Bachelor's Button

Bachelor’s Button
Plant Type
Sunlight Amount
Bachelor's Button Centaurea Cyanus
Credit: Nancy Rotenberg
Bachelor's Button Centaurea Cyanus
Bachelor’s Button

Bachelor’s button, also known as cornflower because of its prevalence in cornfields in its native Europe, is a cutting garden and cottage garden favorite. Grown for its bright blue, fringed flowers, the stems last for days in a cut flower arrangement. As a rugged reseeding annual, bachelor’s button will pop up year after year without needing much help from you.

genus name
  • Centaurea cyanus
  • Part Sun
  • Sun
plant type
  • 1 to 3 feet
  • 1-2 feet wide
flower color
foliage color
season features
special features
  • 2
  • 3
  • 4
  • 5
  • 6
  • 7
  • 8
  • 9
  • 10
  • 11

Colorful Combinations

In addition to blue, bachelor's buttons come in many shades of pink, purple, white, and almost black. Along with showy blooms, this plant also has appealing silvery-green foliage that mixes well with other plants, including grasses and wildflowers. Outside of the garden, bachelor's buttons are an edible flower. The blossoms add a dash of color to salads and can be dried and used in tea blends. As with all edible plants, make sure your bachelor's buttons come from a pesticide-free source before eating.

Bachelor's Button Care Must-Knows

Bachelor's buttons are one of the easiest plants to grow from seed. While their ideal soil conditions are a sandy loam, these plants tolerant poor soil conditions. Well-drained soil will keep bachelor's buttons thriving. Avoid wet soil; bachelor's buttons are prone to rot if roots get too wet.

Growing bachelor's buttons can be as simple as throwing a handful of seeds onto some freshly turned soil. Given their almost weedy nature, it's easy to see how these plants grow in so many gardens. Once established, expect bachelor's buttons to sprout in the same spot year after year. Bachelor's buttons produce copious amounts of seeds that attract small birds such as finches.

For the best growing conditions, choose an area in full sun. For a dramatic display of flowers, plant closely together to keep plants upright and rigid and to prevent them from becoming too leggy. Bachelor's buttons bloom from early summer to just before frost. If you are worried about the possibility of bachelor's buttons reseeding, prompt deadheading of spent blooms will help prevent any potential outbreak of seedlings. Just keep in mind that these are true annual plants; if you remove all the spent blooms, you will remove all future generations of flowers as well. Make sure to save some seeds for future use, but keep in mind that they are open-pollinated seeds: If you had a pure pink variety, the next round of blossoms may have some purple and blue in the mix.

More Varieties of Bachelor's Button

Bachelor's Button Centaurea cyanus 'Black Ball'
Credit: Janet Mesic Mackie

'Black Ball' bachelor's button

Centaurea cyanus 'Black Ball' has purple-black flowers and grows 3 feet tall.

Bachelor's Button Companion Plants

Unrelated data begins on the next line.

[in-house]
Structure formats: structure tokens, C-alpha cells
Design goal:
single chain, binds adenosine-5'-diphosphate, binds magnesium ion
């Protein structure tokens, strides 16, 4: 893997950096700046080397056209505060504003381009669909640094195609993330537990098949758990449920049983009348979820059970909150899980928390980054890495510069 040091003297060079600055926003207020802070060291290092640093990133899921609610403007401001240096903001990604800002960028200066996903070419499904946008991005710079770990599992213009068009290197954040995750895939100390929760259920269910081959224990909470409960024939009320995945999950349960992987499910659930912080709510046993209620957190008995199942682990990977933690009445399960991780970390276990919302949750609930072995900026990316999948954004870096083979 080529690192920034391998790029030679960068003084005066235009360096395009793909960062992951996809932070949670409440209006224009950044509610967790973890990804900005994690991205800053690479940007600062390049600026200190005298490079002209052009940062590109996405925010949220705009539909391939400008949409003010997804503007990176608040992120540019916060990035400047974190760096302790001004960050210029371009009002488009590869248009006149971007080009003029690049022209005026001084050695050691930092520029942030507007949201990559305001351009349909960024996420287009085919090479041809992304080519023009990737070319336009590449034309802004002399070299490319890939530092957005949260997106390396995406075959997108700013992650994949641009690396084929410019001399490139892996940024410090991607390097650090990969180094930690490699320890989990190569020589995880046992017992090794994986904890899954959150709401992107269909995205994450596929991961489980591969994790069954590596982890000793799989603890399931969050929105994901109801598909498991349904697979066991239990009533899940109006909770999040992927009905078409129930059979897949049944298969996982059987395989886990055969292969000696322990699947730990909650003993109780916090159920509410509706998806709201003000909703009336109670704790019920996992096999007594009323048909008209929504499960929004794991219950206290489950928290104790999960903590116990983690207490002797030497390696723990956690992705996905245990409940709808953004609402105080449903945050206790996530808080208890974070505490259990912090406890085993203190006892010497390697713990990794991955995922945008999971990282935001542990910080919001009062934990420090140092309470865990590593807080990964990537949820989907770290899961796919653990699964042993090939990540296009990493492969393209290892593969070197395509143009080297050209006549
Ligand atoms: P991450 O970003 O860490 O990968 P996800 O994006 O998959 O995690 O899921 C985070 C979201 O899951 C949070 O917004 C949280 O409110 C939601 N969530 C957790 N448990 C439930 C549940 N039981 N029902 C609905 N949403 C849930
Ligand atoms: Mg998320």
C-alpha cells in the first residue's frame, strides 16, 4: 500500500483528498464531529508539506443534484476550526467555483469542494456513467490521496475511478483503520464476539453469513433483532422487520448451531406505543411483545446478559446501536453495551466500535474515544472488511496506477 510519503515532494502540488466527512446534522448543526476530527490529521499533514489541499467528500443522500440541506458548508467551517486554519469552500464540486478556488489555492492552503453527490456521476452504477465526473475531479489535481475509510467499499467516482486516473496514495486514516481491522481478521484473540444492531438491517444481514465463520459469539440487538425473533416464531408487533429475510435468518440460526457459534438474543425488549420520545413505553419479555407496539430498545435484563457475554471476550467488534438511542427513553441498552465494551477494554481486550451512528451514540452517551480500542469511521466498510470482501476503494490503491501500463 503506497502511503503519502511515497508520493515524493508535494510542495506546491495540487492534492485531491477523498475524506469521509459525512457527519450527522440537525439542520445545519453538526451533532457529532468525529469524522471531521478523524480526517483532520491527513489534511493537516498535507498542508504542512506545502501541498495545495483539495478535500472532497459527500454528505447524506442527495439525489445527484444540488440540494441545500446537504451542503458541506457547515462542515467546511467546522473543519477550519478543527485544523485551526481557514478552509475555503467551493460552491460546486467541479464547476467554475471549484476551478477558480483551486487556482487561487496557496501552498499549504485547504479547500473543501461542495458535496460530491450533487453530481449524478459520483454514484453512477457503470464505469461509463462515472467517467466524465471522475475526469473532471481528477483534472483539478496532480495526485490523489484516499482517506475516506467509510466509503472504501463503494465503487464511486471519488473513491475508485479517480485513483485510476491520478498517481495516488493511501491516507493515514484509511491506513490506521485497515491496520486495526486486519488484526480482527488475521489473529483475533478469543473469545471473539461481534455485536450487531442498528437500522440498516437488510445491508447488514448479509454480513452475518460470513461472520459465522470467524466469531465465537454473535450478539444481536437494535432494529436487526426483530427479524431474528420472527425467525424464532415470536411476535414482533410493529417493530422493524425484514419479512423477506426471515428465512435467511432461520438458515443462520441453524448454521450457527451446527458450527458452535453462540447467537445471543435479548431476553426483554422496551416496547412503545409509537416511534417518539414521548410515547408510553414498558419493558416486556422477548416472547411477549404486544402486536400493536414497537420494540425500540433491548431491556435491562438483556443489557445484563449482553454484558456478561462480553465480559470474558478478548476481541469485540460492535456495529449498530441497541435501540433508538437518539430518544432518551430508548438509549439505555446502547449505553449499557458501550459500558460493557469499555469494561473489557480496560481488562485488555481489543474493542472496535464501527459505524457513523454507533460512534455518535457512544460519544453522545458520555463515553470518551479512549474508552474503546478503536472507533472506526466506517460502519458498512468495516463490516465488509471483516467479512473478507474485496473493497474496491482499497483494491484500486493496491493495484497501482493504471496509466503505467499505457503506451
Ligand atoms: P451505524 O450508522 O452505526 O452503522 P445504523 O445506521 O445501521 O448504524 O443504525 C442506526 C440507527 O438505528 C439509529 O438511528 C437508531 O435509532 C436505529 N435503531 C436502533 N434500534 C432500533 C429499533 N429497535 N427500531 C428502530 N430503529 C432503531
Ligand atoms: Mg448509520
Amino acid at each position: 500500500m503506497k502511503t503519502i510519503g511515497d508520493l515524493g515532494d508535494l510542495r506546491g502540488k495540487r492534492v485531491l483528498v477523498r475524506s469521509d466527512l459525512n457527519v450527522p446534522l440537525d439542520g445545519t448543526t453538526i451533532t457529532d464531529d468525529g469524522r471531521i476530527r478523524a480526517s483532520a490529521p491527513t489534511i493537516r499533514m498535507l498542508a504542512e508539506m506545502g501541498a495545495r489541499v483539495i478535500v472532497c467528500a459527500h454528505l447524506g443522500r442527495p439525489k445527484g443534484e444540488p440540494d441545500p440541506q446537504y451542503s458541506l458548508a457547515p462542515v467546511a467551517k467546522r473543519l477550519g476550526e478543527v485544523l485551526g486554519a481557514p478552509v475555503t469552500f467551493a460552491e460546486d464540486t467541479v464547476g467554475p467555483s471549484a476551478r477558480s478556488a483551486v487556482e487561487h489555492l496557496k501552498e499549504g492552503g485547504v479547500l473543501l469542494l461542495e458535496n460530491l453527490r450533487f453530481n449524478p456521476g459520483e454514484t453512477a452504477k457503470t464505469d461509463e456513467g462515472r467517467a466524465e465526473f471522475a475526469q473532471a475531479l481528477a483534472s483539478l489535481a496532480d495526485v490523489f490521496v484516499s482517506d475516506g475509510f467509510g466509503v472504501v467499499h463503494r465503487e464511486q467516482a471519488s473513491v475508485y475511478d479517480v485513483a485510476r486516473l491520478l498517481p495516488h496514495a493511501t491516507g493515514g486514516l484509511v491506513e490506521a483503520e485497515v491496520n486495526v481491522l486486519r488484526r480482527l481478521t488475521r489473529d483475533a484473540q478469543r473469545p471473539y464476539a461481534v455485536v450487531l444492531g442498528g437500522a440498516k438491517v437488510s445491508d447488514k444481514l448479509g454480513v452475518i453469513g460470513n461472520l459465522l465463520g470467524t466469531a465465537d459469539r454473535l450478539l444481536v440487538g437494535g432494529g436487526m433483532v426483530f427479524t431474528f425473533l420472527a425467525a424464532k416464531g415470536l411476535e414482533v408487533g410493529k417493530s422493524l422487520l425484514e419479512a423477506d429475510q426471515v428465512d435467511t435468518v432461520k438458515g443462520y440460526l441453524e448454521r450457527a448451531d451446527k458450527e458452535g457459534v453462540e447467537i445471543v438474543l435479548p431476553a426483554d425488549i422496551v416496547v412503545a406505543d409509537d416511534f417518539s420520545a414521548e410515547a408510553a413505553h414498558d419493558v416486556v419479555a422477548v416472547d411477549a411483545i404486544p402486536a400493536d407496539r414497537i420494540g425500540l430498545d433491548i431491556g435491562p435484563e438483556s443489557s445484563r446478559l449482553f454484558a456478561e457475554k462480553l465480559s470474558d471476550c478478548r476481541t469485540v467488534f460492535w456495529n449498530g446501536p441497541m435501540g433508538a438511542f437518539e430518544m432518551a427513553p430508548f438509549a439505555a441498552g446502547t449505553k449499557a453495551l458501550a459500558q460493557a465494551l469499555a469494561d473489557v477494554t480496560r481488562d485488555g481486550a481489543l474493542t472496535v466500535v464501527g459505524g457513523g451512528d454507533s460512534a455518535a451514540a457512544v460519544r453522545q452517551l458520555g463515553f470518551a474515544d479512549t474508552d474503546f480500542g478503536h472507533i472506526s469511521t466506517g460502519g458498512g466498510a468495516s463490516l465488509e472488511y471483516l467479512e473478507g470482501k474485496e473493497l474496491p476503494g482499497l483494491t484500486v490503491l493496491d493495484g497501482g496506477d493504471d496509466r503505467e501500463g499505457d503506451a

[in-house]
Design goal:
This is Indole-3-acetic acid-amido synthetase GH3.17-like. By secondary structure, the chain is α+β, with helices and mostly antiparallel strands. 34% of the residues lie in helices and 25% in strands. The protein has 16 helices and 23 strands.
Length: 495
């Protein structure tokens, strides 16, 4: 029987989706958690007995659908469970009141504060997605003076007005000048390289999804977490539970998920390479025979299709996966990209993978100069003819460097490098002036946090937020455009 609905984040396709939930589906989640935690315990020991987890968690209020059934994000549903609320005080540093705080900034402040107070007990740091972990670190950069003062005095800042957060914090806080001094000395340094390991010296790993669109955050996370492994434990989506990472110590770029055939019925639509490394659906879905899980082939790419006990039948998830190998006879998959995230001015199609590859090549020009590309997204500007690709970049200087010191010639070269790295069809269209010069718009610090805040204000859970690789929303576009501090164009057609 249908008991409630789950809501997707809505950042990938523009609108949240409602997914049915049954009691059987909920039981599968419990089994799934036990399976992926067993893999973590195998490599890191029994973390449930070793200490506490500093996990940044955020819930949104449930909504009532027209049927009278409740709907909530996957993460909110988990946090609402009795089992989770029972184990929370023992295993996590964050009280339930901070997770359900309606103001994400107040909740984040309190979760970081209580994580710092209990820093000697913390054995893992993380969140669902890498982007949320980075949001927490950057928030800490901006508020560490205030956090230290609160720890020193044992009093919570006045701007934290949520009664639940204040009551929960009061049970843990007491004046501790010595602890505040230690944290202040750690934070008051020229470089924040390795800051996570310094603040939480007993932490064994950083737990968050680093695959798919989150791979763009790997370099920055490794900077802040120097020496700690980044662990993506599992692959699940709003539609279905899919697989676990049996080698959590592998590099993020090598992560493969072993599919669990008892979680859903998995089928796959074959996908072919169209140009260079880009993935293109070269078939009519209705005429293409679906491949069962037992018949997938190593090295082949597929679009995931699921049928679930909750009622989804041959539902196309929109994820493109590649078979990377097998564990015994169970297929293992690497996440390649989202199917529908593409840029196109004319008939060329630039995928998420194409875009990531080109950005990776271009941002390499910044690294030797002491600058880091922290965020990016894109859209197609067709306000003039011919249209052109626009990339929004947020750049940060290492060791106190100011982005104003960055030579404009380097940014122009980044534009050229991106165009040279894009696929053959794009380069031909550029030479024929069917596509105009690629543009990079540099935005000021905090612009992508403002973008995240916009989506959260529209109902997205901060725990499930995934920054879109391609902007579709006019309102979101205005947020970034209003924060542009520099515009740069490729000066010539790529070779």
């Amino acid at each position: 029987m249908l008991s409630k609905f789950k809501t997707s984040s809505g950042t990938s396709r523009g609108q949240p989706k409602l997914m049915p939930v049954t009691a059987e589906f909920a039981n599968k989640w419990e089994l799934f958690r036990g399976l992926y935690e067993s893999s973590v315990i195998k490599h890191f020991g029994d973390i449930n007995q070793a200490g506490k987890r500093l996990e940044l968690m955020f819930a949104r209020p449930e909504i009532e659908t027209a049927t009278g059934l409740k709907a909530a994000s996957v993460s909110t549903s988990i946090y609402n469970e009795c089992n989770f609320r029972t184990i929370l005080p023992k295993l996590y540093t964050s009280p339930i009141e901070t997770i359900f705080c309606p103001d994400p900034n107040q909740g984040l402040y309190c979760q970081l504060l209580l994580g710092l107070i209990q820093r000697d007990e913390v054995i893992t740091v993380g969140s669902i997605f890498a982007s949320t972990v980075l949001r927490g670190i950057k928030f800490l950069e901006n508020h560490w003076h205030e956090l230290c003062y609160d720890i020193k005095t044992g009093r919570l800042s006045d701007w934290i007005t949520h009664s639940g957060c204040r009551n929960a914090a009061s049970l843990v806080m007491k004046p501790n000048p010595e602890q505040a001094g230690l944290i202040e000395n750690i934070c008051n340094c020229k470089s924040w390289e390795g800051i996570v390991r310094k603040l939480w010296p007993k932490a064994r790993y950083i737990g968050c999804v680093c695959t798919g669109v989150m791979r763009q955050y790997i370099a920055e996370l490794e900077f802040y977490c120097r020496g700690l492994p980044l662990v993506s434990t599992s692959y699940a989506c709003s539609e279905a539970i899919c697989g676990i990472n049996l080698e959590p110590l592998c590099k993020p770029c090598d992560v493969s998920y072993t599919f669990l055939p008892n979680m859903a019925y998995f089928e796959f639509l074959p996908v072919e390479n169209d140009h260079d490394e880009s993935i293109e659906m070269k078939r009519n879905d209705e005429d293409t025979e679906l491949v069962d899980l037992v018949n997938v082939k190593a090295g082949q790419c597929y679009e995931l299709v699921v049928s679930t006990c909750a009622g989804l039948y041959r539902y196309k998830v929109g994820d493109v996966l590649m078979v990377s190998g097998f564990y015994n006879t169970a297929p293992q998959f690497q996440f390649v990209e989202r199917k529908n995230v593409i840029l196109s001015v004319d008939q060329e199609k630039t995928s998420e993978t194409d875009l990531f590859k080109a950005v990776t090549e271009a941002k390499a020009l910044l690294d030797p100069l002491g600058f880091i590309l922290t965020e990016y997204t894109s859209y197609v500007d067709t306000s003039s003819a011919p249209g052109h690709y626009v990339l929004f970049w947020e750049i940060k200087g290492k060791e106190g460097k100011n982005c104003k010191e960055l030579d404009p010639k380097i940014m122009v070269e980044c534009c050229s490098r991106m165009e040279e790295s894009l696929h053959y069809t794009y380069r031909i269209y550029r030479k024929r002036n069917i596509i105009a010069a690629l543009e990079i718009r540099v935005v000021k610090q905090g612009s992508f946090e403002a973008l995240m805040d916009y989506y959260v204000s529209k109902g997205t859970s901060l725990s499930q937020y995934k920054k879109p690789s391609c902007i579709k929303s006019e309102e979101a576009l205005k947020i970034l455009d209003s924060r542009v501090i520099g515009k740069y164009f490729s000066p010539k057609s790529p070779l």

Globe Amaranth
Credit: Peter Krumhardt

Globe Amaranth

Globe amaranth is an all-time flower-gardening favorite. It seems to have it all—it thrives in hot conditions, it blooms nearly nonstop, the interesting pom-pom flowers are great for cutting and drying, and it attracts butterflies. Plant globe amaranth and then step back to watch it thrive and add continual beauty until frost. It's great in beds, borders, and containers. Plant established seedlings outdoors in spring after all danger of frost has passed. It tolerates a variety of soils and moisture levels. It isn't fussy about fertilizer, but be careful not to overfertilize.

Salvia farinacea


There are few gardens that don't have at least one salvia growing in them. Whether you have sun or shade, a dry garden or lots of rainfall, there's an annual salvia that you'll find indispensable. All attract hummingbirds, especially the red ones, and are great picks for hot, dry sites where you want tons of color all season. Most salvias don't like cool weather, so plant them outdoors after all danger of frost has passed.

red snapdragons
Credit: Lynn Karlin


Few gardens should be without the easy charm of snapdragons. They get their name from the fact that you can gently squeeze the sides of the intricately shaped flower and see the jaws of a dragon head snap closed. The blooms come in gorgeous colors, including some with beautiful color variations on each flower. Plus, snapdragons are an outstanding cut flower. Gather a dozen or more in a small vase and you'll have one of the prettiest bouquets around. Snapdragons are especially useful because they're a cool-season annual, coming into their own in early spring when the warm-season annuals, such as marigolds and impatiens, are just being planted. They're also great for fall color. Plant snapdragon in early spring, a few weeks before your region's last frost date. Deadhead regularly for best bloom and fertilize regularly. Snapdragons often self-seed in the landscape if not deadheaded, so they come back year after year, though the colors from hybrid plants will often will be muddy looking. In mild regions, the entire plant may overwinter if covered with mulch.


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